Christian Advocates Serving Evangelicals (CASE), the charity run by Donald Trump’s attorney Jay Sekulow, has been sending out donation requests for years that read: “Every gift will make a huge difference!’
What the Christian nonprofit left out were the words “to the Sekulows.”
Standing accused of funneling $60 million from his Christian nonprofit into his family’s bank accounts, Sekulow has spent years targeting the poor so he could make tens of millions of dollars for himself, his family and his businesses.
A close ally of wacko televangelist Pat Robertson, Sekulow made his name in Washington by waging war against abortion rights and efforts to legalize same-sex marriage. Referred to as a “good Christian” by his evangelical peers, the Christian mucky muck lawyer recently joined the team representing Trump in the special investigation into the campaign’s ties to Russia.
Now, I could be wrong, but grifting in the name of Jesus doesn’t make anyone a “good Christian.” I mean, what would Jesus say?
Sekulow approved the telemarketing plan in 2009, instructing his telemarketers to spread bleak warnings about topics including abortion, Sharia law and Barack Obama. Telemarketers for CASE were given scripts that had them urge the needy to make a “sacrificial gift” of a contribution to the group.
I certainly understand how being unemployed/having limited funds would make it EXTREMELY DIFFICULT to help with a gift right now,” said a scripted line designated for people who are “unemployed” or “have no money.”
“And we don’t ever want to put you in a financial bind,” the script continued.
“Could you possibly make a small sacrificial gift of even $20 within the next three weeks? If not, I understand.”
“It’s time to let the president know that his vision of America is obscured and represents a dangerous threat to the Judea-Christian [sic] values that have been the cornerstone of our republic,” one script from 2015 said.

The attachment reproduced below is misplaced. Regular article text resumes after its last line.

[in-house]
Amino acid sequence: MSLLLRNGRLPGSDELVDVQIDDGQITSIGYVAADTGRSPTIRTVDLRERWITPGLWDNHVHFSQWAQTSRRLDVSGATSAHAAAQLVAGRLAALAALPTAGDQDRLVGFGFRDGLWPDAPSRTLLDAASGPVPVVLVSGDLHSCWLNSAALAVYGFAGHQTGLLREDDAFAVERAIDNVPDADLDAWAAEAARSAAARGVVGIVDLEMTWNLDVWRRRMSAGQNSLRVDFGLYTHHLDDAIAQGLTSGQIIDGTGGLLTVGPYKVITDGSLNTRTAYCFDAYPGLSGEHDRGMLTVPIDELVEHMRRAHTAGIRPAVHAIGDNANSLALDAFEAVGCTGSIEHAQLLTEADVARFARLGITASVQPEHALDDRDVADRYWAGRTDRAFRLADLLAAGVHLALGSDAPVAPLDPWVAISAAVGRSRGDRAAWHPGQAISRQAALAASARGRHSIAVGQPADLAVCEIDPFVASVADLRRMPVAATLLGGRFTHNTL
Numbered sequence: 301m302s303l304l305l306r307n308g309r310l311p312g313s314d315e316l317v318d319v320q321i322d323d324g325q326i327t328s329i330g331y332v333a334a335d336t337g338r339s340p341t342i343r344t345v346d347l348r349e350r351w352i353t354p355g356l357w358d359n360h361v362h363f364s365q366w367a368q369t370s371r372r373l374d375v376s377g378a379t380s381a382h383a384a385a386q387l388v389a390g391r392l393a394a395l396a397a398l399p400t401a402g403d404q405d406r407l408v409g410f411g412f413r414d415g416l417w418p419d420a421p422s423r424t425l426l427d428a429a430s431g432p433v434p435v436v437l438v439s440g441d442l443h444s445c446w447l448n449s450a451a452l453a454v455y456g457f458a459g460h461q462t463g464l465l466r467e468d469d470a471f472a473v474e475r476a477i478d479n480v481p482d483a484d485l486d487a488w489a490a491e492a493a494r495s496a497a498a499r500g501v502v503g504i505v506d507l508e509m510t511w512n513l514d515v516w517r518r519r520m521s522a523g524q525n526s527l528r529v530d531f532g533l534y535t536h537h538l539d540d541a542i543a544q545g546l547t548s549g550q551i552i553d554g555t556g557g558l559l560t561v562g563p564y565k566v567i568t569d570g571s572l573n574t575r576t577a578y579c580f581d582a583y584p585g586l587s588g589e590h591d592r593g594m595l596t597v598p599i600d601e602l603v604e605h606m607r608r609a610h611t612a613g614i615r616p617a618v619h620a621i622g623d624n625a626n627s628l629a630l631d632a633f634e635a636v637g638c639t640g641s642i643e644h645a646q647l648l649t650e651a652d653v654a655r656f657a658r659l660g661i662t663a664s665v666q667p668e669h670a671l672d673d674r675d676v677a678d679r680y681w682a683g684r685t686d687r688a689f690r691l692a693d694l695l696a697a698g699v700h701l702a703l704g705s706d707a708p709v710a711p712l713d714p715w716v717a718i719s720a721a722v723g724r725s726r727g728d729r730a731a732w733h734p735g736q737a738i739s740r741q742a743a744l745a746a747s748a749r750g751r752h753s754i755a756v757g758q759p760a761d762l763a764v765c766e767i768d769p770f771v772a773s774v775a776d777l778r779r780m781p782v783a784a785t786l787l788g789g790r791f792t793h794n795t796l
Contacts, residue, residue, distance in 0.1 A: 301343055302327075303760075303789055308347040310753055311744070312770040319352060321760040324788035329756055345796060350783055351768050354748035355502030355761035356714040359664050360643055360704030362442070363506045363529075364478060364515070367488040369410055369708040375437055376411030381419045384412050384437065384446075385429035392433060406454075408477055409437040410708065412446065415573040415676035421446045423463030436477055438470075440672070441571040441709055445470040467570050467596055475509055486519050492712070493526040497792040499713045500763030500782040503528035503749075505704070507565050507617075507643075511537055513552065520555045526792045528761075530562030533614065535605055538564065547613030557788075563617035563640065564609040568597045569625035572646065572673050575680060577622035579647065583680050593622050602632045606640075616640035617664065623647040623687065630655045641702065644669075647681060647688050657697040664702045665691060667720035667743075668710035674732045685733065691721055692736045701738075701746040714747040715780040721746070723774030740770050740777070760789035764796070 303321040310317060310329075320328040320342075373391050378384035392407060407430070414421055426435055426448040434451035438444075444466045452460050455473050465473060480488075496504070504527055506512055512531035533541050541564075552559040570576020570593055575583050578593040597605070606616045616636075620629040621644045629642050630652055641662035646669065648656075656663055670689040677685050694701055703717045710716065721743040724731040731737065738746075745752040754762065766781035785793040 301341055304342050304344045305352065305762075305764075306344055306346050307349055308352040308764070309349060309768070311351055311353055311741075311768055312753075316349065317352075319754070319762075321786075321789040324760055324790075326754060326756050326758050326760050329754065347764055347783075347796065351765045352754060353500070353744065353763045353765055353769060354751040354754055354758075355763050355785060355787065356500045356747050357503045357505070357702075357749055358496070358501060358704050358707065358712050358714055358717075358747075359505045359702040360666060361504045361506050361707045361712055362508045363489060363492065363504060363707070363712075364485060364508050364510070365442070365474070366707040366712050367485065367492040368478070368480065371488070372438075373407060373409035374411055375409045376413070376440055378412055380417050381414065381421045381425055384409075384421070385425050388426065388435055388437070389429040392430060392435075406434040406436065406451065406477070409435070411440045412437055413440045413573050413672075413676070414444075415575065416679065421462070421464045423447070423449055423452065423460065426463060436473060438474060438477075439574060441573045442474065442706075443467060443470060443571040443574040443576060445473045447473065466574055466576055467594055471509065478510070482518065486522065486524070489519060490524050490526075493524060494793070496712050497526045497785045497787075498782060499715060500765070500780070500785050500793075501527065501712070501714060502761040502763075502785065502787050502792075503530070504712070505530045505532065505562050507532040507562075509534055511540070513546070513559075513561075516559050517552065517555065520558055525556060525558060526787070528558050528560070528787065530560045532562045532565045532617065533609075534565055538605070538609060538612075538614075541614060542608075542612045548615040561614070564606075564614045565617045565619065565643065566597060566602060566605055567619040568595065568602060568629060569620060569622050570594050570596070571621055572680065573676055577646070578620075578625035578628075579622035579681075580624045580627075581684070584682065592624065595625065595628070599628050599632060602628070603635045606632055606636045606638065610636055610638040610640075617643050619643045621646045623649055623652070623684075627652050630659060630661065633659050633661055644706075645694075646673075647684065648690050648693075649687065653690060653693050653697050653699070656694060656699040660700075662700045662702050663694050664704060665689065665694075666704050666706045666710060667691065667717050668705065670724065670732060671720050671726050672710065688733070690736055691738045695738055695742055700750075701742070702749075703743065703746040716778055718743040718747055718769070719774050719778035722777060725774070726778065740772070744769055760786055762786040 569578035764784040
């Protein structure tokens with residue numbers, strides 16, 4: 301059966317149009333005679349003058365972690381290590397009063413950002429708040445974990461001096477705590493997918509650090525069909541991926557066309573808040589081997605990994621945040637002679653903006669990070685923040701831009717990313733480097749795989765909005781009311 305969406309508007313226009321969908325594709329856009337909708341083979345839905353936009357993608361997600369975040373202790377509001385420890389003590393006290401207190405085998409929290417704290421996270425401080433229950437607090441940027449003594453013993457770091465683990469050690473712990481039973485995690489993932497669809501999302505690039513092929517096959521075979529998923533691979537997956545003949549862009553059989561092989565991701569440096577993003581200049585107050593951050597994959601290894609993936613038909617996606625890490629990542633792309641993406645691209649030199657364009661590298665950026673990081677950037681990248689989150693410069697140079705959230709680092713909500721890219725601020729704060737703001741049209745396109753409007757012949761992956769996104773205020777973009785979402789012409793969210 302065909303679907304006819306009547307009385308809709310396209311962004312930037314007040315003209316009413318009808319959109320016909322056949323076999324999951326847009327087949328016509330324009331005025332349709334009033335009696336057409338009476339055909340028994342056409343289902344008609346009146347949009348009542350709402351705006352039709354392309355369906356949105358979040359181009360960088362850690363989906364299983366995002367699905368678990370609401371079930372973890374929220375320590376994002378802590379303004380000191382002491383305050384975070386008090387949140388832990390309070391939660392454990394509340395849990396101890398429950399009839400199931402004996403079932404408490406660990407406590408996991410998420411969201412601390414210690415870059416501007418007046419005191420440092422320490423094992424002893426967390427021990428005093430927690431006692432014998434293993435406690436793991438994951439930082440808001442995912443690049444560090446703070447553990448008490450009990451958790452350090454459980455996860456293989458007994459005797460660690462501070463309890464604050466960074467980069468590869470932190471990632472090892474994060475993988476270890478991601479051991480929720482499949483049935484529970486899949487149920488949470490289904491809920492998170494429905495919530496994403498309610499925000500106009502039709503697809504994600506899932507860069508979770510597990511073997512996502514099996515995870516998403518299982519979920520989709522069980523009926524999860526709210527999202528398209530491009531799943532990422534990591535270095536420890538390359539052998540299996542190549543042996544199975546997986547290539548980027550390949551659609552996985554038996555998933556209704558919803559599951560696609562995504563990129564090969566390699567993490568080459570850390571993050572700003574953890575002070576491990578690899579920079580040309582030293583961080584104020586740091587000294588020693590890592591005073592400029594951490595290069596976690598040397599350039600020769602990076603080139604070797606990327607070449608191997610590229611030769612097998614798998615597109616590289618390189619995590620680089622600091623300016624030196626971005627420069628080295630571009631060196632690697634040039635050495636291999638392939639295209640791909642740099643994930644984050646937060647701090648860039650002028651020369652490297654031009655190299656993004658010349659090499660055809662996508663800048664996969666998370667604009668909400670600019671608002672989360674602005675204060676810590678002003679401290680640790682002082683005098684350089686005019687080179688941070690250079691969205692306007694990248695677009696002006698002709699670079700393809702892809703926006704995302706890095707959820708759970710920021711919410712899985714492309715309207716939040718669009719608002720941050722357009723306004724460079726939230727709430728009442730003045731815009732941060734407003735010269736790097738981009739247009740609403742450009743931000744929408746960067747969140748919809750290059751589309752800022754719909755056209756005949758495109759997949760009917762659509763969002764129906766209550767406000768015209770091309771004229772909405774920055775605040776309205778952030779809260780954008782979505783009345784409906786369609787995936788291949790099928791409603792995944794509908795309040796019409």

A 2013 script warned listeners that Obama’s signature healthcare law, the Affordable Care Act, promised to give Planned Parenthood federal funding to open abortion referral clinics “in your child’s or grandchild’s middle school or high school”.
All in all, the Christian charity brought more than $60 million to Sekulows since 2000. Tens of millions paid Sekulow, his wife, his sons, his brother, his sister-in-law, his niece and nephew, and their firms. Sekulow has also used CASE to provide a series of unusual loans and property deals to the Sekulow family.
“I can’t imagine this situation being acceptable,” said Arthur Rieman, managing attorney at the California-based Law Firm for Nonprofits. “That kind of money is practically unheard of in the nonprofit world, and these kinds of transactions I could never justify.”
As the newspaper reports:
Since 2000, a law firm co-owned by Sekulow, the Constitutional Litigation and Advocacy Group, has been paid more than $25m by the nonprofits for legal services. During the same period, Sekulow’s company Regency Productions, which produces his talk radio show, was paid $11.3m for production services.
Sekulow also personally received other compensation totalling $3.3m. Pam Sekulow, his wife, has been paid more than $1.2m in compensation for serving as treasurer and secretary of Case.
Sekulow’s brother, Gary, the chief operating officer of the nonprofits, has been paid $9.2m in salary and benefits by them since 2000. Gary Sekulow has stated in Internal Revenue Service (IRS) filings that he works 40 hours per week – the equivalent of a full-time job – for each of the nonprofits. Filers are told to specify if any of the hours were spent on work for “related organizations”. He does not.
Meanwhile, a company run by Gary’s wife, Kim Sekulow, has received $6.2m since 2000 in fees for media production services and for the lease of a private jet, which it owned jointly with Jay Sekulow’s company Regency Productions. The jet was made available for the use of Jay and Pam Sekulow, according to corporate filings.
Jay’s two sons, and Gary’s son and daughter, have also shared at least $1.7m in compensation for work done for the nonprofits since 2000.
The Sekulows are also involved in some unusual financial agreements and property deals with their own nonprofits, including a Washington townhouse bought with $1.5 million in contributions from its financially-trapped supporters. Sekulow’s son Jason, the director of CASE, is the resident.
Why is it always those who claim to be so goddamn holy end up always being the worst kind of people in the world? To paraphrase Woody Allen, if Jesus came back and saw what Sekulow was doing in his name, he’d never stop throwing up.
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